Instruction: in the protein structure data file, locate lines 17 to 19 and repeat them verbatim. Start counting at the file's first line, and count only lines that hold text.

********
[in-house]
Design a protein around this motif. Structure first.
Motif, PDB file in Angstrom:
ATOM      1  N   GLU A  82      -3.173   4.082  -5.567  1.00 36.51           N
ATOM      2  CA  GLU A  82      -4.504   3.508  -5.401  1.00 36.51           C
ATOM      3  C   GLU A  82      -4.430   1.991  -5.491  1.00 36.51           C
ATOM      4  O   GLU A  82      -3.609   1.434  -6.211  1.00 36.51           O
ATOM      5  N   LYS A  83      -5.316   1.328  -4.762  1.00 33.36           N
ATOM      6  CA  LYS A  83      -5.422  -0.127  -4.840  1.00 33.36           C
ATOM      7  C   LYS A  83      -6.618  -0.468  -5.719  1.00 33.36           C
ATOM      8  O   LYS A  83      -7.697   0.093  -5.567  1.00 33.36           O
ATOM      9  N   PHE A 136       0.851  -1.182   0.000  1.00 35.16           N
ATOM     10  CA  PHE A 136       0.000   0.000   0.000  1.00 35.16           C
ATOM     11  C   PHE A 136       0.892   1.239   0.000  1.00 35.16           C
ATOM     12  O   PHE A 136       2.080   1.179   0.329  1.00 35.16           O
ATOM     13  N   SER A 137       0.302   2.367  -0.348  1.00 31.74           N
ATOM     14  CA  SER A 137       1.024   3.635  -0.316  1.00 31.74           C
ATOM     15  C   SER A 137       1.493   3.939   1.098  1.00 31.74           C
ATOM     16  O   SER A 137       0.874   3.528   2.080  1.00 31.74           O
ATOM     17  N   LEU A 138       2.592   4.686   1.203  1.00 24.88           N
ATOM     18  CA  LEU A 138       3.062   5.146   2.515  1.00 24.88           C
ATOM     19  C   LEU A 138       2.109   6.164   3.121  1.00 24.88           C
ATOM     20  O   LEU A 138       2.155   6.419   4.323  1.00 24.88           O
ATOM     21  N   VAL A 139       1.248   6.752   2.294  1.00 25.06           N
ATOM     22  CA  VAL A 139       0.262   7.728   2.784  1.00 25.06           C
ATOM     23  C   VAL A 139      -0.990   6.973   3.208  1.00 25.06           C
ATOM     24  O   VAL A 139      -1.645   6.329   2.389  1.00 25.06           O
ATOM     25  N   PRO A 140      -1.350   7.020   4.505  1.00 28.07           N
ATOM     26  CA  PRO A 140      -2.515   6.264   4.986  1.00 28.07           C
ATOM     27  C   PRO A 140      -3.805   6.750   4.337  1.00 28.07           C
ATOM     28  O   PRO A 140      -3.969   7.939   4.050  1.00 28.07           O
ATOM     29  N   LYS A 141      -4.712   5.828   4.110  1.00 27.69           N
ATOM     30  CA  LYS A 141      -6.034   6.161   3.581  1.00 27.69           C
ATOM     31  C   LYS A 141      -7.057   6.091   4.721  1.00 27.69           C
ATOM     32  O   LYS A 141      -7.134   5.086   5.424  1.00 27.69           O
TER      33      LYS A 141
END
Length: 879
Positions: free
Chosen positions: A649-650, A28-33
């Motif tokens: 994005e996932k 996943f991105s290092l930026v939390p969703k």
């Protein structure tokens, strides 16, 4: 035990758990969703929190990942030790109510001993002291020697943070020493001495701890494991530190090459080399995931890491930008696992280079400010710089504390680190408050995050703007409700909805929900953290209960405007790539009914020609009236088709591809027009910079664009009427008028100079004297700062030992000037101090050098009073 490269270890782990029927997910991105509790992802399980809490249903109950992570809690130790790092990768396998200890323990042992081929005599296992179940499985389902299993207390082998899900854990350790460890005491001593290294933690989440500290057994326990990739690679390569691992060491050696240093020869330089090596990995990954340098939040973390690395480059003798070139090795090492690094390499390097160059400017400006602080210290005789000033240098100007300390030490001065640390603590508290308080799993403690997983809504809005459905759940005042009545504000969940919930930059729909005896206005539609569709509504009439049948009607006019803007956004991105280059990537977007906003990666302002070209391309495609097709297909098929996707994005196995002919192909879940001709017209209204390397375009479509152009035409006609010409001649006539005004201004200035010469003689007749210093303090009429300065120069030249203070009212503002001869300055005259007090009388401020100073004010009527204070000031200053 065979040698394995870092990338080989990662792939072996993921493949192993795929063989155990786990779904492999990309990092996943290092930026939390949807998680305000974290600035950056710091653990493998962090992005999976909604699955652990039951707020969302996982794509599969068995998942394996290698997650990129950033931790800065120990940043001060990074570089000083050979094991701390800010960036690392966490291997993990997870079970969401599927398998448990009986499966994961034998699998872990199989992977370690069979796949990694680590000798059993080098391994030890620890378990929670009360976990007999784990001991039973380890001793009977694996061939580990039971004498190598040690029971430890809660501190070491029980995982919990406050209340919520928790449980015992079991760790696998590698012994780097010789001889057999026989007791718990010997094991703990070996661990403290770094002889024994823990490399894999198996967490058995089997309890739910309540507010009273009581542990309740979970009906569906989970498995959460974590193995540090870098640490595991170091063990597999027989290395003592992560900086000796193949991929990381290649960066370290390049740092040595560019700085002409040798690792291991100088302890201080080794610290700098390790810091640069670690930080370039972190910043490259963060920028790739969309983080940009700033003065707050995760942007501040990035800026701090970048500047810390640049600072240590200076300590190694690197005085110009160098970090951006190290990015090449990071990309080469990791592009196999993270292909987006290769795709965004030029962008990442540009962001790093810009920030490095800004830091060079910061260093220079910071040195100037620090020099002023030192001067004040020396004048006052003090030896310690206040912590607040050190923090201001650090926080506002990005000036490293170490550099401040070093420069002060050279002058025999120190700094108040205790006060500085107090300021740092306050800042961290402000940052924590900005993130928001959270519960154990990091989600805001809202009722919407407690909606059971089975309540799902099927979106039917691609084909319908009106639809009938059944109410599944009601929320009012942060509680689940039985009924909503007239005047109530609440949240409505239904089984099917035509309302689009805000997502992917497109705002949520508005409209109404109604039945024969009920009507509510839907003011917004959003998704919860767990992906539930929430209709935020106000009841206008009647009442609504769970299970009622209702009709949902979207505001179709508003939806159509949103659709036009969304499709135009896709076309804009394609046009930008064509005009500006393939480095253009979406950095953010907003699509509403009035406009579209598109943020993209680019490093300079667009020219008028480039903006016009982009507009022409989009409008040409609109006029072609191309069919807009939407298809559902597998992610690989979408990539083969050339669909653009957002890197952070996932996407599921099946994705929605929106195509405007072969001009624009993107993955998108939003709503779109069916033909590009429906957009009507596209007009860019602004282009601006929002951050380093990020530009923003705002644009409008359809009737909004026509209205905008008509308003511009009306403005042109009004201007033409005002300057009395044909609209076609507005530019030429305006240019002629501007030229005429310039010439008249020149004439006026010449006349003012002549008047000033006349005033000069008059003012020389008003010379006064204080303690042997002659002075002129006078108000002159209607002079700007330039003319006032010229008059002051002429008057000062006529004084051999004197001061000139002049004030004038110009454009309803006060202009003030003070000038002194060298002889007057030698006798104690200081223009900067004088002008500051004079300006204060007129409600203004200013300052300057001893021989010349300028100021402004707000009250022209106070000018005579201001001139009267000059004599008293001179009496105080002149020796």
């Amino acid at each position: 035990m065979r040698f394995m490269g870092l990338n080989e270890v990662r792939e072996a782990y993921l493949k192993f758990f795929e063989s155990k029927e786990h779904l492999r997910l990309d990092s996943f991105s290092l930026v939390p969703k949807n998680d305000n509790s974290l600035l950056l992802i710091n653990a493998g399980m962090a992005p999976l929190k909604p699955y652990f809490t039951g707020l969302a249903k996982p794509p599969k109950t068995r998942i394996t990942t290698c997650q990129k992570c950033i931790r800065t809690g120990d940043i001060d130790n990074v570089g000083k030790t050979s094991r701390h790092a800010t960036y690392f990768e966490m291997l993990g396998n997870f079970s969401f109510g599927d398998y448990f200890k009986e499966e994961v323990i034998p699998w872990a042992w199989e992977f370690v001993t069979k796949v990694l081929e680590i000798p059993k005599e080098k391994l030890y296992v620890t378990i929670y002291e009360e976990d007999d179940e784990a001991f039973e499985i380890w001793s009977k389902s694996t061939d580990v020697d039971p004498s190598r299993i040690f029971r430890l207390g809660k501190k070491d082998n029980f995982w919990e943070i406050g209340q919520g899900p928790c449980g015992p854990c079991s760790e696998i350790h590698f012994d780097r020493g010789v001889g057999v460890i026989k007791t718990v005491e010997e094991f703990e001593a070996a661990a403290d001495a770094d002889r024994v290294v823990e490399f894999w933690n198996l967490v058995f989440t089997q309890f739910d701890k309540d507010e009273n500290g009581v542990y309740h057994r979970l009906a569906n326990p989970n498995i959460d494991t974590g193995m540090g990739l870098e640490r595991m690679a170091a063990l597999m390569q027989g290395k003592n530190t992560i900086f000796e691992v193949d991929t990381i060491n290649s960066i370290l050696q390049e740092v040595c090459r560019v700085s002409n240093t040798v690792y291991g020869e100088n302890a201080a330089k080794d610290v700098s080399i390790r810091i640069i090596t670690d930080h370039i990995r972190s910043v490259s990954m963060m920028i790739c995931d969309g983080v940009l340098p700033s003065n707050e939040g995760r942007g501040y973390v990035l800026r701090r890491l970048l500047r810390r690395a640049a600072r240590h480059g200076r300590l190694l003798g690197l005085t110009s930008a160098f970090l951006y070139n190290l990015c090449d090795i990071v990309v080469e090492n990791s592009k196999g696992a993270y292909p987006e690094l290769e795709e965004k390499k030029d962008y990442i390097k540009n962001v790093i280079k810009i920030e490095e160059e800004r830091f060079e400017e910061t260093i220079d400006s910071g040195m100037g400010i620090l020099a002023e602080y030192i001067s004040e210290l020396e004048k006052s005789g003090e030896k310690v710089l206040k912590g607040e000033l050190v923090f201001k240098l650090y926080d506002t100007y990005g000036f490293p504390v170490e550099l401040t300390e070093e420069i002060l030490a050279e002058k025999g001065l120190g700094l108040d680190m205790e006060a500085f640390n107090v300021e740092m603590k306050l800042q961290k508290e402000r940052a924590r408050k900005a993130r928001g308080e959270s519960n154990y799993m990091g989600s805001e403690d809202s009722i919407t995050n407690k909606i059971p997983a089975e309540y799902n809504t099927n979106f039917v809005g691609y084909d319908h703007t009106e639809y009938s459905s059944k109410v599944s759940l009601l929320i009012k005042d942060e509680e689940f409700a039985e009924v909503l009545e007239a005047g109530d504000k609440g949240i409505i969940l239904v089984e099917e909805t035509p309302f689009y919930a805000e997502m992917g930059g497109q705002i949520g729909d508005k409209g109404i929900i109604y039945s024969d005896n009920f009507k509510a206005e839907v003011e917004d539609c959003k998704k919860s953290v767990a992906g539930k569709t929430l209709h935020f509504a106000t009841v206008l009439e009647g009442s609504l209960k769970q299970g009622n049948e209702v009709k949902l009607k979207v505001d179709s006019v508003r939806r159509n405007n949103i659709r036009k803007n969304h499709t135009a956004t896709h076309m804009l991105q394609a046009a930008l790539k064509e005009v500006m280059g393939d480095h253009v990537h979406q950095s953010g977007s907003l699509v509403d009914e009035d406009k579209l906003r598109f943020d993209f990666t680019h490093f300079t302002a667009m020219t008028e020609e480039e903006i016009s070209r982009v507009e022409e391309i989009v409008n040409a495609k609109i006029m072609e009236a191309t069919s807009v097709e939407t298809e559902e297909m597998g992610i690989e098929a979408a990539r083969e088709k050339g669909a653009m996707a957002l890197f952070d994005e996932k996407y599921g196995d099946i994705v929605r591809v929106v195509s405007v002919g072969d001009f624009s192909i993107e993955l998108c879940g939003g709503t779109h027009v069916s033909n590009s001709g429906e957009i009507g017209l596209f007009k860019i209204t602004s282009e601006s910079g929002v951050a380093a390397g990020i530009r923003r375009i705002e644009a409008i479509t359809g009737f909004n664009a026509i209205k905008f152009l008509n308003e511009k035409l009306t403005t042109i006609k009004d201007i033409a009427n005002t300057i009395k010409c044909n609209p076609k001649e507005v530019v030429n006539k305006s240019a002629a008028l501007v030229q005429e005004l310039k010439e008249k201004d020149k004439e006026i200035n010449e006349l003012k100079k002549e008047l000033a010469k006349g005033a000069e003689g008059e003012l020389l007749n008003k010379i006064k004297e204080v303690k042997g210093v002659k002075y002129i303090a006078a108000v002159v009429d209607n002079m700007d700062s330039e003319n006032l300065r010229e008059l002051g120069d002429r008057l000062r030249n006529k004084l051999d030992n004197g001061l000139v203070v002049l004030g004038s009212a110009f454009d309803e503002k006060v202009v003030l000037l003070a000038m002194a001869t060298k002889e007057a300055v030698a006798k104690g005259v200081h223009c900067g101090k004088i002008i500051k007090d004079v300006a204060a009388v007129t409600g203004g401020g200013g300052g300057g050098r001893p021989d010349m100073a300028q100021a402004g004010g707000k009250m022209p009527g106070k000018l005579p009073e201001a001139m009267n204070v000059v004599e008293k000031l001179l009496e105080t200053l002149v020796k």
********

ATOM     14  CA  SER A 137       1.024   3.635  -0.316  1.00 31.74           C
ATOM     15  C   SER A 137       1.493   3.939   1.098  1.00 31.74           C
ATOM     16  O   SER A 137       0.874   3.528   2.080  1.00 31.74           O